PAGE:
PETER G. BEIDLER recently retired from Lehigh University as the Lucy G. Moses Distinguished Professor of English. Widely published in both British and American literature, he has won a number of teaching awards. In 1981 he was named National Professor of the Year by the Council on Advancement and Support of Education and the Carnegie Foundation.
Beidler provides some 250 explanations to help readers make sense of the culture through which Holden Caulfield stumbles as he comes of age. He provides a map showing the various stops in Holden’s Manhattan odyssey. Of particular interest to readers whose native language is not English is his glossary of more than a hundred terms, phrases, and slang expressions.
In his introductory essay, “Catching The Catcher in the Rye,” Beidler discusses such topics as the three-day time line for the novel, the way the novel grew out of two earlier-published short stories, the extent to which the novel is autobiographical, what Holden looks like, and the reasons for the enduring appeal of the novel.
The many photographs in the Reader’s Companion give fascinating glimpses into the world that Holden has made famous. Beidler also provides discussion of some of the issues that have engaged scholars down through the years: the meaning of Holden’s red hunting hat, whether Holden writes his novel in an insane asylum, Mr. Antolini’s troubling actions, and Holden’s close relationship with his sister and his two brothers.
Any of the millions and millions of men and women who in the past sixty years have been touched by The Catcher in the Rye. They’ll learn something new—guaranteed—and have their lives changed all over again—not guaranteed.
All high school and college English teachers who assign The Catcher in the Rye and want some basic information about some of the issues it raises. This book will let them keep up with their students, who will probably find out about it before they do, and give them some questions to ask, like why this book has been banned so often and, well, what the source of its enduring appeal is? We know why men love this book, but why is it also a favorite with so many women?
Students who want to impress their friends and teachers with little-known facts about the novel, like the two early-published stories that introduced Holden Caulfield. If they need ideas for class papers and keys to some of the basic critical issues in the novel, this is their go-to source book. What does Holden look like? Is he crazy? How come he likes Phoebe so much? And what’s with that red hunting hat? And wouldn’t it be handy to know the number of every page in the novel where, say, the enigmatic Jane Gallagher is mentioned? Look no further!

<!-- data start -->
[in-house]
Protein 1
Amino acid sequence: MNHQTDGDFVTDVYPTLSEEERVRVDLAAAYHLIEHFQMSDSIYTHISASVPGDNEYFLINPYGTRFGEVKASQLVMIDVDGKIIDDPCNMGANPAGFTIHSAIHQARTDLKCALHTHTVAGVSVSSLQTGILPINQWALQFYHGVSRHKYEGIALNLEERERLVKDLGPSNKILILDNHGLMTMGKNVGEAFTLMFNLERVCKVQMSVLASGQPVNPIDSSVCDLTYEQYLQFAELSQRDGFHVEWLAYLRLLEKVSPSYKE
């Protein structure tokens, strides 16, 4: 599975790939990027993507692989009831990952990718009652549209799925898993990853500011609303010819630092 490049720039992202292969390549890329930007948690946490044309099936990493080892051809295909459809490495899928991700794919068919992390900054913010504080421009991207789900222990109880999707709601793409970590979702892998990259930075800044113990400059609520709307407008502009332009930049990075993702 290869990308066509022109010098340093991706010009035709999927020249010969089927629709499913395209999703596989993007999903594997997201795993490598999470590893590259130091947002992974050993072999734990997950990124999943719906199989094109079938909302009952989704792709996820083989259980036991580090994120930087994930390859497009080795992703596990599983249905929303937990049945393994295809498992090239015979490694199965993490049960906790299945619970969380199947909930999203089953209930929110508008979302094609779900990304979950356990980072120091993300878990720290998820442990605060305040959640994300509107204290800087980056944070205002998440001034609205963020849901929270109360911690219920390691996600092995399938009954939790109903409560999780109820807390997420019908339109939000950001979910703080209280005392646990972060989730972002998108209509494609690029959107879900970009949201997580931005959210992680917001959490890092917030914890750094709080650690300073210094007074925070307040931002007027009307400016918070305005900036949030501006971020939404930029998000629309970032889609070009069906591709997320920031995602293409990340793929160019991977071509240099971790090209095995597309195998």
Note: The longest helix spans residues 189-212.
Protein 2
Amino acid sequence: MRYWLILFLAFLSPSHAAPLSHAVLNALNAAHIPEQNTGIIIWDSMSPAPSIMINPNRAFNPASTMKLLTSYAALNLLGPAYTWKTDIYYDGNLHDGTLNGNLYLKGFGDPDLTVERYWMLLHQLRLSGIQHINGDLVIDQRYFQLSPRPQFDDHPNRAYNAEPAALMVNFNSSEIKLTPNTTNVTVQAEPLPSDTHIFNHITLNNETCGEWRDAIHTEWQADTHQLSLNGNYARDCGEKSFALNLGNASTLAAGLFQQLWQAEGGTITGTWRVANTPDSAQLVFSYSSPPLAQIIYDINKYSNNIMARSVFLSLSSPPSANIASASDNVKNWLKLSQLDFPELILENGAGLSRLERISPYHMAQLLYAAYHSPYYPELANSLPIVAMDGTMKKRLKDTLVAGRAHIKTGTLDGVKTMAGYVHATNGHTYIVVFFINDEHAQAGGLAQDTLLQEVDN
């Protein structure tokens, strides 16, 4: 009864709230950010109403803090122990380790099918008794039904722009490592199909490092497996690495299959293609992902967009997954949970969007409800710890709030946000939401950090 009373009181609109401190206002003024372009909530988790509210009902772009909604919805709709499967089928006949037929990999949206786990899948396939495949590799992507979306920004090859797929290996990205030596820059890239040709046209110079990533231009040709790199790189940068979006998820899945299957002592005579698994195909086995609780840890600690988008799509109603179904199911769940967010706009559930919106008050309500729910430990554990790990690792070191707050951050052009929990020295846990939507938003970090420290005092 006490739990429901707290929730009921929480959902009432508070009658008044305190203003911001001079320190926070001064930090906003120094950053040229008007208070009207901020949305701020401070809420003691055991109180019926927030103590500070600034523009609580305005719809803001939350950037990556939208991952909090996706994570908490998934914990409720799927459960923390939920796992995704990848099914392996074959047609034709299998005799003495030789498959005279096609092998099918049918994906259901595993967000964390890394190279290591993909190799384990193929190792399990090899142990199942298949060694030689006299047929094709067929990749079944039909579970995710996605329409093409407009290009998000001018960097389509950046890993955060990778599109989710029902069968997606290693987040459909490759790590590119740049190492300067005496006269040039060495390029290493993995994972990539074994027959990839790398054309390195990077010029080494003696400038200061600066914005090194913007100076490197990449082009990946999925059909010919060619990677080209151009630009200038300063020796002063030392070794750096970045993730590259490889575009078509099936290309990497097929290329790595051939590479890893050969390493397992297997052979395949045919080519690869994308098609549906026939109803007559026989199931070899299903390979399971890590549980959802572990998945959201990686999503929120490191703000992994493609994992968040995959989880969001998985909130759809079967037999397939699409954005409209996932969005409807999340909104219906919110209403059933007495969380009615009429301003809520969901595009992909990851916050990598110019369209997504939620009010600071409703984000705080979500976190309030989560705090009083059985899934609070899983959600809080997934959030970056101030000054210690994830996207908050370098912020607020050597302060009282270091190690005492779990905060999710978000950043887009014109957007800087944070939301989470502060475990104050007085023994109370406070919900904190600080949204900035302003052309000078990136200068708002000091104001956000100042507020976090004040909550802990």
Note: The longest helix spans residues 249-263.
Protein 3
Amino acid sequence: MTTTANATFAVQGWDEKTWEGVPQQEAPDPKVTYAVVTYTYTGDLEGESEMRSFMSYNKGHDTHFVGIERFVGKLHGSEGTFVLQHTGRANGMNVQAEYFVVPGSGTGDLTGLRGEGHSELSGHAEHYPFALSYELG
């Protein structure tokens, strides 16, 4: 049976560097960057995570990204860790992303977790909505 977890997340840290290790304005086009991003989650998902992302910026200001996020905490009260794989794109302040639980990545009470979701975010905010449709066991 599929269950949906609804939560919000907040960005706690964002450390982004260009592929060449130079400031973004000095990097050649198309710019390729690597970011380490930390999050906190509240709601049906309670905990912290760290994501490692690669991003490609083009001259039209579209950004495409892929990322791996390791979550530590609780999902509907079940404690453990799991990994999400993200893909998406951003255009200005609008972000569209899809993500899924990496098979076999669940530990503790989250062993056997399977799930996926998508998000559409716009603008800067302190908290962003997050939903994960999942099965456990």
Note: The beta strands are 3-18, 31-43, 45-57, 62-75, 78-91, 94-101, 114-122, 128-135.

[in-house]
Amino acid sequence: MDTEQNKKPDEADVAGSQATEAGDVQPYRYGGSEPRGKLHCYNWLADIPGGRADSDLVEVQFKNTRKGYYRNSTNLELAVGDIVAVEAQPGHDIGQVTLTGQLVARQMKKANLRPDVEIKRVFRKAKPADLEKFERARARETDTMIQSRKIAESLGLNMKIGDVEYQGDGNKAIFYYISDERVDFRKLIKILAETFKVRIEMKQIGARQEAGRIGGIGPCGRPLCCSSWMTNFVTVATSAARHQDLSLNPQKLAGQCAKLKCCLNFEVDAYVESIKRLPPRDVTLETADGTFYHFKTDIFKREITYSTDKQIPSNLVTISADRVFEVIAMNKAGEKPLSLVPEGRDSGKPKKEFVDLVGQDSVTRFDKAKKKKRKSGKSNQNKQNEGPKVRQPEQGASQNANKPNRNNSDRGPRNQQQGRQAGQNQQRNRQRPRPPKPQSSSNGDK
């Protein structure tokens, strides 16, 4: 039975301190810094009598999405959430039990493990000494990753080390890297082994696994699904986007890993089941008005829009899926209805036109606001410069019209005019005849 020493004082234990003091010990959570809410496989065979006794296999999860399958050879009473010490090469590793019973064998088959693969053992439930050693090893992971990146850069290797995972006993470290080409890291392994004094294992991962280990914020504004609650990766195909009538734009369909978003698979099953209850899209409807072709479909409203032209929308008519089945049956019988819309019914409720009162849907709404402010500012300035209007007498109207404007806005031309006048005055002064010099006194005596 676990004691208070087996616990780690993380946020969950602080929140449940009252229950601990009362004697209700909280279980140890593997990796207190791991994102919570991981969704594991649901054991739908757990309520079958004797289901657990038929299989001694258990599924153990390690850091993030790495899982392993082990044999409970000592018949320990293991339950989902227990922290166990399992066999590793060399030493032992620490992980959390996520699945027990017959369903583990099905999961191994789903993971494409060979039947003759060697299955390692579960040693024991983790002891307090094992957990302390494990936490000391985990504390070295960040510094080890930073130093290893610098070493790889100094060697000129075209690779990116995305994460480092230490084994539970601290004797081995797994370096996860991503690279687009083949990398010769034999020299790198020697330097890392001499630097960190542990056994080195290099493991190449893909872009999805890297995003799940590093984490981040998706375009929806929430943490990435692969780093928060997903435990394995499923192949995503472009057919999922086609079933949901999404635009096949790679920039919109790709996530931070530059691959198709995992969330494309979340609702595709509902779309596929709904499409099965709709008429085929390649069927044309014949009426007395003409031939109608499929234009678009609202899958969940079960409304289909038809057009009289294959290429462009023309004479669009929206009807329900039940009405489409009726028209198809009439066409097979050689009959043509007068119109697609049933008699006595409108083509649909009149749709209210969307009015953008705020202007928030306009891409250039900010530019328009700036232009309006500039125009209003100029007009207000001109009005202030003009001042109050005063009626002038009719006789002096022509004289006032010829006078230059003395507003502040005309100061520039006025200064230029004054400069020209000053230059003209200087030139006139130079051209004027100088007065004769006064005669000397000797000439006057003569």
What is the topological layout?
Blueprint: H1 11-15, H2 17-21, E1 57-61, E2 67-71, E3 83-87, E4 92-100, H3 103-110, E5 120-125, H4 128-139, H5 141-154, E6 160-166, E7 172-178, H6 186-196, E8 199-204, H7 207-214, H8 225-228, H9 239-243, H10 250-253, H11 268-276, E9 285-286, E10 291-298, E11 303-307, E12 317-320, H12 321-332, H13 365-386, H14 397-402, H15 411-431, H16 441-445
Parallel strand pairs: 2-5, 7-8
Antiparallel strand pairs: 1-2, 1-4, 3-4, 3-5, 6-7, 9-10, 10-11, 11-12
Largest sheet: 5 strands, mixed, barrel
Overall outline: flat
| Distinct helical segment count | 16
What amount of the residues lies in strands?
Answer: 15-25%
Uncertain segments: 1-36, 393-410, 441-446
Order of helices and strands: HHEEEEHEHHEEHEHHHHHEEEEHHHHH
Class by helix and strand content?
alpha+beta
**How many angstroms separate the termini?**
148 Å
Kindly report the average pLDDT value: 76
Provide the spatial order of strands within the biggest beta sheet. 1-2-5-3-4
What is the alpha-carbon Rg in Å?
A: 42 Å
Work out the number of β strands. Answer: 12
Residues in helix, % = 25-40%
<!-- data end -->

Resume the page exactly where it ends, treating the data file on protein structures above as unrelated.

Anyone fascinated by the reclusive life of J. D. Salinger and the complex relationship between him and his character Holden Caulfield. They’ll read about what Salinger’s daughter and one of his girlfriends wrote about the man they called “daddy” and “Jerry,” respectively—if not always respectfully!
Film buffs who want to know more about all those movies Holden Caulfield talks about. What in the world is The Baker’s Wife about, and who was the kid that fell off the boat?
Residents of New York City who want to learn more about Holden Caulfield’s odyssey, where he went, what he saw. They’ll especially enjoy the map of Manhattan, keyed to his wanderings, and photographs of some of the places he saw. They’ll even see the ducks in the lagoon, the ones Holden Caulfield is afraid will freeze to death.
International students who need help understanding Holden Caulfield’s colloquial and slang expressions like “attaboy,” “buddyroo,” “chewed the rag,” “falsies,” and “horsing around.” They’ll learn that there is neither a gun nor a bull involved in “shooting the bull.”
Librarians who want to make their patrons happy, who want to avoid the panicked looks of people who see that the Companion is not available.
You, because this book will make your favorite novel live once again. Hey, quit horsing around, buddyroo, get acquainted with your new Companion! Attaboy!
This reader's companion will be useful for students who need help understanding the culture of the 1950's. It will be indispensable for readers whose native language is not English, or who struggle with complex, ironic, or culturally unfamiliar texts.
And of course they will love the photo of bosom of the "squaw" in the diorama in New York City's American Museum of Natural History. Holden says all the little kids who visit the museum "wanted to sneak a look at it." Thanks to Beidler's Companion, we all get to sneak that peek. But we also get a glimpse into many other fascinating crevices in Salinger's novel.
This reader's companion belongs in all high school and college libraries. It will give everyone writing a paper on The Catcher in the Rye a leg up.